This year will be the very first time that the NCAA basketball championships will be taking place in the new legalized sports betting market in the US following the May 2018 Supreme court decision to abolish PASPA. Sports betting in the country has since seen a plethora of positive developments across several states. Despite this, the NCAA is still not shy about its stand when it comes to the activity – the organization is still opposed to the activity. Prior to the Supreme Court decision, the NCAA had for a very long time steered clear of bringing its tournaments and championships to states where sports betting was legal.
However, this is no longer the case and the organization has since stopped denying the inevitability of sports betting. This year’s championships, for instance, will include three women’s tournament games which are scheduled for Mississippi in the coming weekend – sports wagers have been legal in the state since last summer. Also, Capital Arena in Washington will be hosting the men’s Sweet 16 and Elite Eight games – the site very likely to have full-service onsite sportsbook as soon as the first quarter of next year.
Furthermore, future NCAA Tournaments are scheduled for Philadelphia, Pittsburgh, and Providence, Rhode Island all of which are in close proximity to casinos taking sports bets. It also turns out that more than half of the predetermined sites for men’s tournament in 2019 and 2020 are in http://www.newswest9.com/2019/03/19/sports-gambling-could-be-legal-texas/states that have considered the legalization of sports betting or have fully legalized the industry by now.
“We anticipate that probably by 2020 or 2021 there will be potentially 30 states that are allowing sports wagering,” Joni Comstock, the NCAA’s senior vice president for championships said about the situation. “We’re going to have to work in the environment that we have.”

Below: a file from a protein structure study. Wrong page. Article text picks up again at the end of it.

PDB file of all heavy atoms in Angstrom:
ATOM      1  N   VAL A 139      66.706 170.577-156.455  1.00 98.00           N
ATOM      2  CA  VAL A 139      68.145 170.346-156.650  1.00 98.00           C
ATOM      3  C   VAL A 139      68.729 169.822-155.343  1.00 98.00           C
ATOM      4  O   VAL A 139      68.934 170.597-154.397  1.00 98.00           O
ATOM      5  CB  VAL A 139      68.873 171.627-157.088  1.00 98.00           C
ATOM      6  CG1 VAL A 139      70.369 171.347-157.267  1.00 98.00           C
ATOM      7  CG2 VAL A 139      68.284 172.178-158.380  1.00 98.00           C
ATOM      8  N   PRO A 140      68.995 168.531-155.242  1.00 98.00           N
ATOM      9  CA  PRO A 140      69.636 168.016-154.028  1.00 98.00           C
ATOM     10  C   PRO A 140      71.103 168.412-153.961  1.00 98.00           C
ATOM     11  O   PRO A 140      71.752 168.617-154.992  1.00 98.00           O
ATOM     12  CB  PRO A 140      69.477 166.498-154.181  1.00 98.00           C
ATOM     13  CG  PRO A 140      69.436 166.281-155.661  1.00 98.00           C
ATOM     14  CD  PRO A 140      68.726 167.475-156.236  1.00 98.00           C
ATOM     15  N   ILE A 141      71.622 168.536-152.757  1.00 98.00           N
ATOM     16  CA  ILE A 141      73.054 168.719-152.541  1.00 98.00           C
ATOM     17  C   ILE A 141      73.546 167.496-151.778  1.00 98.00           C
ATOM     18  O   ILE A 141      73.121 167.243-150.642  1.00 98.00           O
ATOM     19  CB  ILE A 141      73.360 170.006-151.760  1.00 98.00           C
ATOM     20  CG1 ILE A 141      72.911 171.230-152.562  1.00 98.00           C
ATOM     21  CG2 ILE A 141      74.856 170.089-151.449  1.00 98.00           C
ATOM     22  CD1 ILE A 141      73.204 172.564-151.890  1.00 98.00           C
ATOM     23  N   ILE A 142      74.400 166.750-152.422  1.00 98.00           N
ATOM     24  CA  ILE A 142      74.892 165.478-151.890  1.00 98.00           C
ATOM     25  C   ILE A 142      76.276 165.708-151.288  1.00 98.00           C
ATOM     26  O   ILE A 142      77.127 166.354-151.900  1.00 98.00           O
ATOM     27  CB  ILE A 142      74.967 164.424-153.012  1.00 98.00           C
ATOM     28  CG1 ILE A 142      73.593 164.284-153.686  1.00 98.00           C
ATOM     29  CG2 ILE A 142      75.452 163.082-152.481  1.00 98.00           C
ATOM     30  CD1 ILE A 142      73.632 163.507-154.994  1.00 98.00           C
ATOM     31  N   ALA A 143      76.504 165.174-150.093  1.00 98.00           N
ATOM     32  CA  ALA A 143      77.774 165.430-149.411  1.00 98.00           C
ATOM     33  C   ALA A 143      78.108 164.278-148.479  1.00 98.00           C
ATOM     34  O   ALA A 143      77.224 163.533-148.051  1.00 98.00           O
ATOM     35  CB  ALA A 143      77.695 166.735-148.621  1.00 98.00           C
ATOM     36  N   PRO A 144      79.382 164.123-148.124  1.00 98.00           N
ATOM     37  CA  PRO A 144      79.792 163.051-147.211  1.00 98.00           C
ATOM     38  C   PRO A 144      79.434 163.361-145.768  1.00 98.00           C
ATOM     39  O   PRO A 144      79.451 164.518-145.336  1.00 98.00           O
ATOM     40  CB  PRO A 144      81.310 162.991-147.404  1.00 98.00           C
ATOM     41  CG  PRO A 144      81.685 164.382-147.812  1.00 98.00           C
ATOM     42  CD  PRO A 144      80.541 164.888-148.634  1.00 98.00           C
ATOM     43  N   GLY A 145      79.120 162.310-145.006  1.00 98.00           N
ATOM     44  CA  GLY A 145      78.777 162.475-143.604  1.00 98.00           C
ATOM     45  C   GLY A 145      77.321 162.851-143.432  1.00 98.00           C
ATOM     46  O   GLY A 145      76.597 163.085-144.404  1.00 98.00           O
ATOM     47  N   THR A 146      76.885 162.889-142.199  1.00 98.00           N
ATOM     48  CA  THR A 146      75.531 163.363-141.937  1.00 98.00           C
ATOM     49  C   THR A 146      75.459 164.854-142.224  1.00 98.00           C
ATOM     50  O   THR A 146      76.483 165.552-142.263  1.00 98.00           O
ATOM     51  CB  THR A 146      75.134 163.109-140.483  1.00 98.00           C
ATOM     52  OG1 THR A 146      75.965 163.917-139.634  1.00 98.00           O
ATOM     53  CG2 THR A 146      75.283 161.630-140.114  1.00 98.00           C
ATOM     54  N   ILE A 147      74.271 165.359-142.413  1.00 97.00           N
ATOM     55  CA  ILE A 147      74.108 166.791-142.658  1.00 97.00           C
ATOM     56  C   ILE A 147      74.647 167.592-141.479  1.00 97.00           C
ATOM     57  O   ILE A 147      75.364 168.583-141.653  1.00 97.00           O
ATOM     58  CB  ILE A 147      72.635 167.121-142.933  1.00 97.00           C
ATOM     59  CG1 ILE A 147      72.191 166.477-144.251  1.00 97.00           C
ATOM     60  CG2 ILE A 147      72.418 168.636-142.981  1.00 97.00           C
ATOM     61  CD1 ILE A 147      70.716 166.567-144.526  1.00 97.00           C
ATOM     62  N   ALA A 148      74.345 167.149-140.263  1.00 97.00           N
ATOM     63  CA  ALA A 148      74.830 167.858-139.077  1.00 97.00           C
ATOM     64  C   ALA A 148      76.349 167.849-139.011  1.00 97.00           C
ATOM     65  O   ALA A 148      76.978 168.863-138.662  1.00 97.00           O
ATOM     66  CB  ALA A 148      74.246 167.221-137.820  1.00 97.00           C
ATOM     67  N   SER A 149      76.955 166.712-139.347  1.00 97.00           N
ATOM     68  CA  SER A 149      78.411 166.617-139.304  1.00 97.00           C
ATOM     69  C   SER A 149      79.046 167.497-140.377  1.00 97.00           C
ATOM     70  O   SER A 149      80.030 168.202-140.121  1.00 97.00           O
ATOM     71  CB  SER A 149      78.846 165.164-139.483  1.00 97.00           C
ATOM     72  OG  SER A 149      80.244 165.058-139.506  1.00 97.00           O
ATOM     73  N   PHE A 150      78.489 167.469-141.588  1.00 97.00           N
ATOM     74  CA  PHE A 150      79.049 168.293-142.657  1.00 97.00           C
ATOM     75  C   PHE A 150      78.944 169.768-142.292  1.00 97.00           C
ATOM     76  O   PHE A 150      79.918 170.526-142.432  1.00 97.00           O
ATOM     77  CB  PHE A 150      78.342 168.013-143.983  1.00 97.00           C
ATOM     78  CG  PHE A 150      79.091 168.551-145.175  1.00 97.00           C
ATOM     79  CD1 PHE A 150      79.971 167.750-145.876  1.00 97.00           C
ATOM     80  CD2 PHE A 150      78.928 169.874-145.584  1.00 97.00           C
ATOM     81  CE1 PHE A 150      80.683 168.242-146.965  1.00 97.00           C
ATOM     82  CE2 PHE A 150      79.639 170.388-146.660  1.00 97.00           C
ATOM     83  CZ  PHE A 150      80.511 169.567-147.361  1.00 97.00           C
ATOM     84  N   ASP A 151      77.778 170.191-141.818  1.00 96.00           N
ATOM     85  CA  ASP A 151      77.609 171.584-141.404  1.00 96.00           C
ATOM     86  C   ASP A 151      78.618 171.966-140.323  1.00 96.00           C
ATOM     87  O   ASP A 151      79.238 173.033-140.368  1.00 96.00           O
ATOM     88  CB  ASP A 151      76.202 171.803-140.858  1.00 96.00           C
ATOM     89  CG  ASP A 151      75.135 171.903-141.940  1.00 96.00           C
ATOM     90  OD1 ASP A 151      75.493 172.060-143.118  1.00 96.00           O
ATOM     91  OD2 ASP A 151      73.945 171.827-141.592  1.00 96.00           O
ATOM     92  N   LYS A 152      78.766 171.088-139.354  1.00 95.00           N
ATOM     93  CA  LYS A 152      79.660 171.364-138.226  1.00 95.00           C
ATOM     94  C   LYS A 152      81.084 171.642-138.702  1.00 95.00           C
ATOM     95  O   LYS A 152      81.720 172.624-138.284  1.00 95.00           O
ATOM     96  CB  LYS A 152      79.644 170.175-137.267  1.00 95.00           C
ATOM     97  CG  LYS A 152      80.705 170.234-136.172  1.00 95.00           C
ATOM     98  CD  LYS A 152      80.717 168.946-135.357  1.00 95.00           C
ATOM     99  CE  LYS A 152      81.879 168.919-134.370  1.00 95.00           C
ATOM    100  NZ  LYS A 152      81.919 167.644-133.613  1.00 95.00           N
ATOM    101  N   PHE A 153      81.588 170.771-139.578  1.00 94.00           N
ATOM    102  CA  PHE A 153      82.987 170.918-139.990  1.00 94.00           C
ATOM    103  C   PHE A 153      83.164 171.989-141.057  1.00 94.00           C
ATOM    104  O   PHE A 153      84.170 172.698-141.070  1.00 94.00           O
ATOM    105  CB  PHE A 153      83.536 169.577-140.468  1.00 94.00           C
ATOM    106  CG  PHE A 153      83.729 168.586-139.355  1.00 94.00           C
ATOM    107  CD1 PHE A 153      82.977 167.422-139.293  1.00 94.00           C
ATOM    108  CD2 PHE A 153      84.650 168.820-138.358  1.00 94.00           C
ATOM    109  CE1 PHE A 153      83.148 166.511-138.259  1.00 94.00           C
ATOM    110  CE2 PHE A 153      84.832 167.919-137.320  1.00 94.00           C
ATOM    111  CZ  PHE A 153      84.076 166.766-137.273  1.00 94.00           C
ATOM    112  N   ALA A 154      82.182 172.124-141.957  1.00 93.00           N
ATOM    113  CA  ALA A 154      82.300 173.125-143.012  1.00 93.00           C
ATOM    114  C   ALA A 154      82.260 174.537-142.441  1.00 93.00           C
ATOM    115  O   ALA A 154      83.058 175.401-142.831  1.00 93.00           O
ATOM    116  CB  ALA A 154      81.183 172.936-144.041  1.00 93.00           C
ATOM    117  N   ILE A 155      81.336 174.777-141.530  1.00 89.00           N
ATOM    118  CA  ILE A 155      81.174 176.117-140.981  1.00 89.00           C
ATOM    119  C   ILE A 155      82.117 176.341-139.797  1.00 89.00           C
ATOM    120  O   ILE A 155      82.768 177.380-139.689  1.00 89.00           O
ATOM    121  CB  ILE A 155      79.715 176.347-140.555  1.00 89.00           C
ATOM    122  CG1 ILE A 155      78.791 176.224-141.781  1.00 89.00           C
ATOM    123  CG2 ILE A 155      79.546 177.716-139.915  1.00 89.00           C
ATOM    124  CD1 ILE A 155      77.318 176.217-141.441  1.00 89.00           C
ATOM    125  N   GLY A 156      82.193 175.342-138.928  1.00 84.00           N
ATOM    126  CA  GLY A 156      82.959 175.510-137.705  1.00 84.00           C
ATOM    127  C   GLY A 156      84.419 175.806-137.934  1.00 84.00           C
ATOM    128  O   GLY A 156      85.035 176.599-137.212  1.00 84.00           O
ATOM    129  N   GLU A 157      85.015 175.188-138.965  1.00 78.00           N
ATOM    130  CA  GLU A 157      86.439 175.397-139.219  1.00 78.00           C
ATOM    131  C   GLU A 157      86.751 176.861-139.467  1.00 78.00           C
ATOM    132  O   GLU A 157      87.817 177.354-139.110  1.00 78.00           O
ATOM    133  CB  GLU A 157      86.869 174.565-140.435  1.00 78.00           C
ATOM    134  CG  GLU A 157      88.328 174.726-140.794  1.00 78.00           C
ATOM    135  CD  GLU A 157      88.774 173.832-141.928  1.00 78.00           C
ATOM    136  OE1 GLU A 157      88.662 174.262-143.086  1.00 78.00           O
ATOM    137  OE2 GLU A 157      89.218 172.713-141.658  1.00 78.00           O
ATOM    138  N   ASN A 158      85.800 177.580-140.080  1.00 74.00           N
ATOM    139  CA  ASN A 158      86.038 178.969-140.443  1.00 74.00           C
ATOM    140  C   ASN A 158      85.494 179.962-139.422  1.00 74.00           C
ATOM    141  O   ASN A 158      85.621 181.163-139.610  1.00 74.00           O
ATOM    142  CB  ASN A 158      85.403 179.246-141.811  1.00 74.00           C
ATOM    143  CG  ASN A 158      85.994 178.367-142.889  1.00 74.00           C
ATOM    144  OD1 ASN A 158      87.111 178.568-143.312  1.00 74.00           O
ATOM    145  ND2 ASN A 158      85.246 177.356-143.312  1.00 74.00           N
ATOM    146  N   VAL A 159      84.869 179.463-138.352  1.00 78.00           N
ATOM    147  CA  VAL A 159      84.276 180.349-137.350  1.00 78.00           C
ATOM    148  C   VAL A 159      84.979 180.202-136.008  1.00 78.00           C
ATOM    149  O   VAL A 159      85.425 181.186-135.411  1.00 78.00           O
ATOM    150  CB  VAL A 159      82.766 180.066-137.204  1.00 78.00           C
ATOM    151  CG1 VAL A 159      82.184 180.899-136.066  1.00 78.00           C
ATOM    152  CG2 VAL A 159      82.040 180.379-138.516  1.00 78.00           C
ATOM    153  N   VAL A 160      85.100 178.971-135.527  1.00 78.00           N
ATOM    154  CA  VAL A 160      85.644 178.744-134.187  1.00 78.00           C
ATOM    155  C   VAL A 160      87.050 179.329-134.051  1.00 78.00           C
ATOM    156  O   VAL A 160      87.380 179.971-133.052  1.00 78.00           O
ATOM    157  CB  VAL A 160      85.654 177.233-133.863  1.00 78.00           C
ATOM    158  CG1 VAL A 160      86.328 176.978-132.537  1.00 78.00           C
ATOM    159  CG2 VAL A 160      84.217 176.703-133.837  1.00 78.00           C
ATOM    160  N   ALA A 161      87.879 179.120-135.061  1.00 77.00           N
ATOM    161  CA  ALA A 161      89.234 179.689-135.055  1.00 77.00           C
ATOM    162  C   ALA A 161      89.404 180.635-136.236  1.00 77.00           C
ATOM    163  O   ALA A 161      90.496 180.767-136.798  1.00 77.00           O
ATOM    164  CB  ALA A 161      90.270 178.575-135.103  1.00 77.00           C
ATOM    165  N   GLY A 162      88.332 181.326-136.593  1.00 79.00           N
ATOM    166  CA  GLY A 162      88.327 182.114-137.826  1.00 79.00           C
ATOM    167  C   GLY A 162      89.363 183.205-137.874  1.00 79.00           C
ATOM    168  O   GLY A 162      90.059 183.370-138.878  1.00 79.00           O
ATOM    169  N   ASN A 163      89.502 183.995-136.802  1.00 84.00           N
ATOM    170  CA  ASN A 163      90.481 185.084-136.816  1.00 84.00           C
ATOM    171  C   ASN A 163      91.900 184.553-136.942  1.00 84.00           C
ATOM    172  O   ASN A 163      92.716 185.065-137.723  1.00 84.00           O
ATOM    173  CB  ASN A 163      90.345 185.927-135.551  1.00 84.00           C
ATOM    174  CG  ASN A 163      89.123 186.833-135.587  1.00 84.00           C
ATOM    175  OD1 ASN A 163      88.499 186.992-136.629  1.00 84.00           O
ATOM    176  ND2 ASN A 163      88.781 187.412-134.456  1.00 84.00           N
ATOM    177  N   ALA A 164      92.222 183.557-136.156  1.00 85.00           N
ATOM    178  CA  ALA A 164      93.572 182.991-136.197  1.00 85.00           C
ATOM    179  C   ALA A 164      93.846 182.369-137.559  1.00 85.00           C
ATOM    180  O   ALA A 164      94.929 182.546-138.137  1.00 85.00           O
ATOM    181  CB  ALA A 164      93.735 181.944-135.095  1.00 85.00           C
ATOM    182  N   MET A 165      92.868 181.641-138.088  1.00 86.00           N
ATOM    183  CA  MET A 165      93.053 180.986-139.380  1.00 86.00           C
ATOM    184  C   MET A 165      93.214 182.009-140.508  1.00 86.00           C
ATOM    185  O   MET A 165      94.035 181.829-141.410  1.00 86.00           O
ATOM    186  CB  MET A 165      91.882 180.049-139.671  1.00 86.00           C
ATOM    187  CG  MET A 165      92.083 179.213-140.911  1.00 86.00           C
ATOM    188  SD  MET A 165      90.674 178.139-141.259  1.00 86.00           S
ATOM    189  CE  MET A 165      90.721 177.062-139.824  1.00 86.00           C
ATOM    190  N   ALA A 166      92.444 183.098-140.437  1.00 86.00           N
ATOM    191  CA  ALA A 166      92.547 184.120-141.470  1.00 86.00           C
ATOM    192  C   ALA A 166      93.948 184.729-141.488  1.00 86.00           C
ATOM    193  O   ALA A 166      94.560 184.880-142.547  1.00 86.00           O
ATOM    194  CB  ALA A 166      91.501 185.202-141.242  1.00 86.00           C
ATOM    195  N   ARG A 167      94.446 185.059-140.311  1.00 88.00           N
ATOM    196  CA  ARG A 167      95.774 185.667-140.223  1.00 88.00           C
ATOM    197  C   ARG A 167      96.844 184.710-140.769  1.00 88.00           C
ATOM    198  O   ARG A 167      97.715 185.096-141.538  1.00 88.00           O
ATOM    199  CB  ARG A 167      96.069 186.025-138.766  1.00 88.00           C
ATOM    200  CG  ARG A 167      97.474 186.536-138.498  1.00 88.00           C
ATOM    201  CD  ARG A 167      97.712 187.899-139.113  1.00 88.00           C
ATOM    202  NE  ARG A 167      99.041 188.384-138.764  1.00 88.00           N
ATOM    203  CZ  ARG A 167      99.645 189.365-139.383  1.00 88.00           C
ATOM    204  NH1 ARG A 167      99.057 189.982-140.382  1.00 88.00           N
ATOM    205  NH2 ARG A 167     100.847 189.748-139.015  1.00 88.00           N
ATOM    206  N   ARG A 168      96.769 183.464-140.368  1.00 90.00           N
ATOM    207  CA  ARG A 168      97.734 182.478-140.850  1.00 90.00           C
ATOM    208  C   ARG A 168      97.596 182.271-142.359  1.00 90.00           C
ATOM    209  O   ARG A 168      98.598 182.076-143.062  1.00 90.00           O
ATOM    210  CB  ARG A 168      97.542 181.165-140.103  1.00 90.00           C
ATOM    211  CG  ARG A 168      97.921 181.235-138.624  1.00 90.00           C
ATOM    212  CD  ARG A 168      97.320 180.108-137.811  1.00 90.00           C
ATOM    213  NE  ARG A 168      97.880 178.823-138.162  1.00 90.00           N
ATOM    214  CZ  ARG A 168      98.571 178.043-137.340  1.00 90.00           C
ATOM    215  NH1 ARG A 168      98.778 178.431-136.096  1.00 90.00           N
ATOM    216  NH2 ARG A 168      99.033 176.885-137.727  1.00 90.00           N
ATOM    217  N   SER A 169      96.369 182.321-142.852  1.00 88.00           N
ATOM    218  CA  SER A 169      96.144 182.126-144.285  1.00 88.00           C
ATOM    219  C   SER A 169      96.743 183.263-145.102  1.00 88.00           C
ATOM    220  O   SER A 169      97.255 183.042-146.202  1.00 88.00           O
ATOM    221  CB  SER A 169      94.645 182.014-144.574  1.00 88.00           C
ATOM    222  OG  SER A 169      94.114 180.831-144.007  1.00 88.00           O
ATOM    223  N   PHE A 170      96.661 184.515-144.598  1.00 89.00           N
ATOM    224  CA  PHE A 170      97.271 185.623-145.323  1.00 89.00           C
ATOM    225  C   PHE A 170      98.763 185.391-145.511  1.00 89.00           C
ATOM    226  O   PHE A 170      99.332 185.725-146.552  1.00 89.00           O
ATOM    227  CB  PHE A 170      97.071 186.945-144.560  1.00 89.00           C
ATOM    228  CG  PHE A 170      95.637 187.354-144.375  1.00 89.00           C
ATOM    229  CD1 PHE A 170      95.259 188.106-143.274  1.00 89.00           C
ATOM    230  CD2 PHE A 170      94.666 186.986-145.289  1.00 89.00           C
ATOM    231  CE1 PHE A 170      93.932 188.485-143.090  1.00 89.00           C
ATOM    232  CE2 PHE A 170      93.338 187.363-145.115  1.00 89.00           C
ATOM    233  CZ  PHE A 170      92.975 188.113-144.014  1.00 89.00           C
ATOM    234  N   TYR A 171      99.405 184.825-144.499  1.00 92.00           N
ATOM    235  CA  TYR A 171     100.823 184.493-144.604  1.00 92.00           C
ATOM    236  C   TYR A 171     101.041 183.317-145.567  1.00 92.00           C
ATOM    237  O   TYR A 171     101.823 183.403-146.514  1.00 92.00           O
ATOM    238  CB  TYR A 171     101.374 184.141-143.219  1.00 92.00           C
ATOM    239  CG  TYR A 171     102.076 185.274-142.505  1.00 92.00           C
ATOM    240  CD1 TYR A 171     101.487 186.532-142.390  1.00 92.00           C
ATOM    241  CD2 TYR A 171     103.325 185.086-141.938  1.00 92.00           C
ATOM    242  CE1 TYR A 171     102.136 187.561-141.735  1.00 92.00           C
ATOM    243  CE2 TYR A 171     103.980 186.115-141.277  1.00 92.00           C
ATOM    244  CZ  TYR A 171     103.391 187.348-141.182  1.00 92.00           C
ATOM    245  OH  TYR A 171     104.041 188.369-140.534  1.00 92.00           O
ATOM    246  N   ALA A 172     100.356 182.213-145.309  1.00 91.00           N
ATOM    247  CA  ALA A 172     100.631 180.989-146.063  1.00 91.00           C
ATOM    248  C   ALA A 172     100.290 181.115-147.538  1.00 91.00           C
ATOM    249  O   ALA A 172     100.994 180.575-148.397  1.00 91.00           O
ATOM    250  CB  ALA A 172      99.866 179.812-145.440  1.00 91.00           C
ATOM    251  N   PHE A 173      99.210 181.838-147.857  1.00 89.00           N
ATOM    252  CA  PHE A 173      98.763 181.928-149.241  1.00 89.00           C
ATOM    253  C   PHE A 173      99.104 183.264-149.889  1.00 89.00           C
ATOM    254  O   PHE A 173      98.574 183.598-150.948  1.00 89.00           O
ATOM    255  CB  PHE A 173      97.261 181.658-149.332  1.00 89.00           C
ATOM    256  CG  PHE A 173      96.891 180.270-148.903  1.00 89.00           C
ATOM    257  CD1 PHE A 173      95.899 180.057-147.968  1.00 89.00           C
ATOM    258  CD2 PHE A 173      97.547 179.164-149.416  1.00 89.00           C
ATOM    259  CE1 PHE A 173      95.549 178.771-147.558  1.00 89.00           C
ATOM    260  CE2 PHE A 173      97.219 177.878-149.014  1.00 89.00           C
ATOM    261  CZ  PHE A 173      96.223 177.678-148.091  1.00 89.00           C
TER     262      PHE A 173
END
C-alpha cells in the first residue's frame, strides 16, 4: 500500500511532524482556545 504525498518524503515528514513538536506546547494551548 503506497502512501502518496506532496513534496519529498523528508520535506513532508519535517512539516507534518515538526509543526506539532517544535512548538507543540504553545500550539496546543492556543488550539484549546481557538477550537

Is That It?
Mr. Comstock’s statement implies much more than it seems since the NCAA is currently still trying to find a way to acknowledge the rapid growth of sports betting without hurting its own operations. It has been speculated that the company could potentially demand for the ban of gambling-related ads during its events or the temporary closure of the sportsbooks during those periods. As extreme as these measures may be, they seem to be more likely than the organization deciding to have its events moved out of the states where sports betting is legal – gambling free zones are becoming fewer by the day anyway.
As it stands, the NCAA’s board of governors in reportedly considering new gambling policies that will be discussed in depth at the organization’s next general meetings. Perhaps this will be how they figure out the best move for the company, that is if embracing the activity is not an option.